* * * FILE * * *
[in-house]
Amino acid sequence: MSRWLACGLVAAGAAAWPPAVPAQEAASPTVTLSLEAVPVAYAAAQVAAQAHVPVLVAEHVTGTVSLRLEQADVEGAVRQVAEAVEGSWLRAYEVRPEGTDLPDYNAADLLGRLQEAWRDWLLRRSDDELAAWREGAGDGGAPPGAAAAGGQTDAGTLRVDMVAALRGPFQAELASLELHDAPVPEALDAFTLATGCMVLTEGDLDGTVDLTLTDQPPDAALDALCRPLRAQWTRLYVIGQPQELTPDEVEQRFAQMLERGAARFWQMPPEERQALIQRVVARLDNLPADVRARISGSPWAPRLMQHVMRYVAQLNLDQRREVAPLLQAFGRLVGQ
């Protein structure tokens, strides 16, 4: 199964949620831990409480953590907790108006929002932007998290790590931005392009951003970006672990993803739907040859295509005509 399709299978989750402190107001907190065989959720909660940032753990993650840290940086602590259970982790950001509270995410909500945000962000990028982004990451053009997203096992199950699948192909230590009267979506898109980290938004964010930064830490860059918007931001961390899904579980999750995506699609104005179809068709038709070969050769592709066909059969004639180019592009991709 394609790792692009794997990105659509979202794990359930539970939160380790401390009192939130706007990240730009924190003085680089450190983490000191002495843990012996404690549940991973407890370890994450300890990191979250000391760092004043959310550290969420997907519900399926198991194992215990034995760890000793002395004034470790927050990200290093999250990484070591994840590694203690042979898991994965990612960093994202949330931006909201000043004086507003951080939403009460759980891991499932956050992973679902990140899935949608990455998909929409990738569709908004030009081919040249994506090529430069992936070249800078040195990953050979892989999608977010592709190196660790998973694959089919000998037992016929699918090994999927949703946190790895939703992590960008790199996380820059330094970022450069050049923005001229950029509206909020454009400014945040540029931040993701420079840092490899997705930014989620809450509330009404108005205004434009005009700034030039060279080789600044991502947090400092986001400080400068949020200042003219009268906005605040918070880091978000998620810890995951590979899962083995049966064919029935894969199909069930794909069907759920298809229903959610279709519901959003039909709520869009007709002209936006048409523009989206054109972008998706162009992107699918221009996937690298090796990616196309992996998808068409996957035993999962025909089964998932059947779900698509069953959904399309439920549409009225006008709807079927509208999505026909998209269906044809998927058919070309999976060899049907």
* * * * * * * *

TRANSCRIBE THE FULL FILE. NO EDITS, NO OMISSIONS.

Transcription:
[in-house]
Amino acid sequence: MSRWLACGLVAAGAAAWPPAVPAQEAASPTVTLSLEAVPVAYAAAQVAAQAHVPVLVAEHVTGTVSLRLEQADVEGAVRQVAEAVEGSWLRAYEVRPEGTDLPDYNAADLLGRLQEAWRDWLLRRSDDELAAWREGAGDGGAPPGAAAAGGQTDAGTLRVDMVAALRGPFQAELASLELHDAPVPEALDAFTLATGCMVLTEGDLDGTVDLTLTDQPPDAALDALCRPLRAQWTRLYVIGQPQELTPDEVEQRFAQMLERGAARFWQMPPEERQALIQRVVARLDNLPADVRARISGSPWAPRLMQHVMRYVAQLNLDQRREVAPLLQAFGRLVGQ
């Protein structure tokens, strides 16, 4: 199964949620831990409480953590907790108006929002932007998290790590931005392009951003970006672990993803739907040859295509005509 399709299978989750402190107001907190065989959720909660940032753990993650840290940086602590259970982790950001509270995410909500945000962000990028982004990451053009997203096992199950699948192909230590009267979506898109980290938004964010930064830490860059918007931001961390899904579980999750995506699609104005179809068709038709070969050769592709066909059969004639180019592009991709 394609790792692009794997990105659509979202794990359930539970939160380790401390009192939130706007990240730009924190003085680089450190983490000191002495843990012996404690549940991973407890370890994450300890990191979250000391760092004043959310550290969420997907519900399926198991194992215990034995760890000793002395004034470790927050990200290093999250990484070591994840590694203690042979898991994965990612960093994202949330931006909201000043004086507003951080939403009460759980891991499932956050992973679902990140899935949608990455998909929409990738569709908004030009081919040249994506090529430069992936070249800078040195990953050979892989999608977010592709190196660790998973694959089919000998037992016929699918090994999927949703946190790895939703992590960008790199996380820059330094970022450069050049923005001229950029509206909020454009400014945040540029931040993701420079840092490899997705930014989620809450509330009404108005205004434009005009700034030039060279080789600044991502947090400092986001400080400068949020200042003219009268906005605040918070880091978000998620810890995951590979899962083995049966064919029935894969199909069930794909069907759920298809229903959610279709519901959003039909709520869009007709002209936006048409523009989206054109972008998706162009992107699918221009996937690298090796990616196309992996998808068409996957035993999962025909089964998932059947779900698509069953959904399309439920549409009225006008709807079927509208999505026909998209269906044809998927058919070309999976060899049907």